In Quest of Beauty – La Nova Singers visit Alphonse Mucha at the Russell-Cotes

Champenois Imprimeur image by Alphonse Mucha - image from Wikipedia

As well as some unexpected sunshine, April has brought with it one of Bournemouth’s most eagerly anticipated cultural events: an exhibition of work by the influential Art Nouveau poster artist Alphonse Mucha, at the Russell-Cotes Art Gallery and Museum.

Since the museum is also the venue for our special gala concert in July, we sent soprano and Art Nouveau aficionado Holly Stroud to see the exhibition and report back…

Seeing the tall, elegant posters Mucha created for the actress Sarah Bernhardt in person, you can understand why residents of findesiècle Paris might have torn them down overnight and smuggled them home. The linework within each image ranges from delicate and flowing, to bold and very modern-seeming. There is a flair for composition, and a magpie’s eye for decorative detail (Mucha also designed stage jewellery).

A particular favourite of mine is the poster for Bernhardt’s appearance as the tragic courtesan Marguerite in ‘La Dame Aux Camellias‘ – a story familiar to us in La Nova Singers, as it is also the basis for Verdi’s opera La Traviata. Mucha’s poster features the camellia as a decorative and symbolic device, adorning a stunning full-length portrait of the heroine against a background of iridescent stars.

La Dame Aux Camellias, 1896 - Alfons Mucha; image via Wikimedia Commons.

One thing that the curators at the Russell-Cotes always do really well is planning exhibitions that complement the museum’s permanent collection. In this case, although the work in the exhibition-proper comes from the collection of The Mucha Trust,  the curators have chosen to juxtapose artwork from the Aesthetic Movement in Britain – including Rosetti’s ‘Venus Verticordia‘. By drawing parallels with this so-called ‘cult of beauty’, they highlight what is perhaps the most salient aspect of Mucha’s work – that it is beautiful. A far cry from the shock tactics and appeals to fear and ignorance that are such a frequent feature of today’s advertising. The product placement in Mucha’s commercial work is subtle; the effect always stylish.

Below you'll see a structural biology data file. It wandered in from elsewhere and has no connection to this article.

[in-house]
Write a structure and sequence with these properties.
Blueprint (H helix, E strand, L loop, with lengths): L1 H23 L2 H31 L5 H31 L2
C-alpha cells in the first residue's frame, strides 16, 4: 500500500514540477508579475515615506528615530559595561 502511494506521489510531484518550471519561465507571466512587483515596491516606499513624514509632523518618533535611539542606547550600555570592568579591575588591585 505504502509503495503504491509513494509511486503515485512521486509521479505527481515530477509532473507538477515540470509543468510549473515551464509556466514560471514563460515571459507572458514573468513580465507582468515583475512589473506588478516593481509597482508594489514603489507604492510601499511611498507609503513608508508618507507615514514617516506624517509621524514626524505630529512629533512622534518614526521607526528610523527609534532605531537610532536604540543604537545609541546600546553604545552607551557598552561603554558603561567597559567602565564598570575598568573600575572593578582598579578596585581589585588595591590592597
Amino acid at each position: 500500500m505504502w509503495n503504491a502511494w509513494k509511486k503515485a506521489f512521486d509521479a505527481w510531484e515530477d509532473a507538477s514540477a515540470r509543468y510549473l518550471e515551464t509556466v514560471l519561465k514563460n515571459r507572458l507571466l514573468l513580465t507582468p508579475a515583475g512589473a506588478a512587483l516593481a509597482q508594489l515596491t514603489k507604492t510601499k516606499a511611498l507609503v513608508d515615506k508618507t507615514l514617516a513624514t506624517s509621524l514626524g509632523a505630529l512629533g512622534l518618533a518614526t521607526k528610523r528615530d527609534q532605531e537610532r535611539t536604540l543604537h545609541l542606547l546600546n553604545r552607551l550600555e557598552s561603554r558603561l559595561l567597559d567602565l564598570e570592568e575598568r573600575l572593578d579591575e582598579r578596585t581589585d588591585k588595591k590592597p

Moët & Chandon Crémant Impérial, 1899 - Alfons Mucha. Image via Wikimedia Commons

As we plan our celebratory concert, the setting of the Russell-Cotes seems more appropriate than ever for our pursuit of ‘bel canto’ – beautiful singing.

‘Alphonse Mucha: In Quest of Beauty’ runs until the end of September 2015 at the Russell-Cotes Art Gallery & Museum, Bournemouth.

The exhibition alone is reason enough to visit; but if you’d appreciate some elegant classical singing with a backdrop of fine art, visit our website for booking details for La Nova Singers’ 10th Anniversary Gala Concert on Saturday 25 July.

Find out more:

Images © The Mucha Trust

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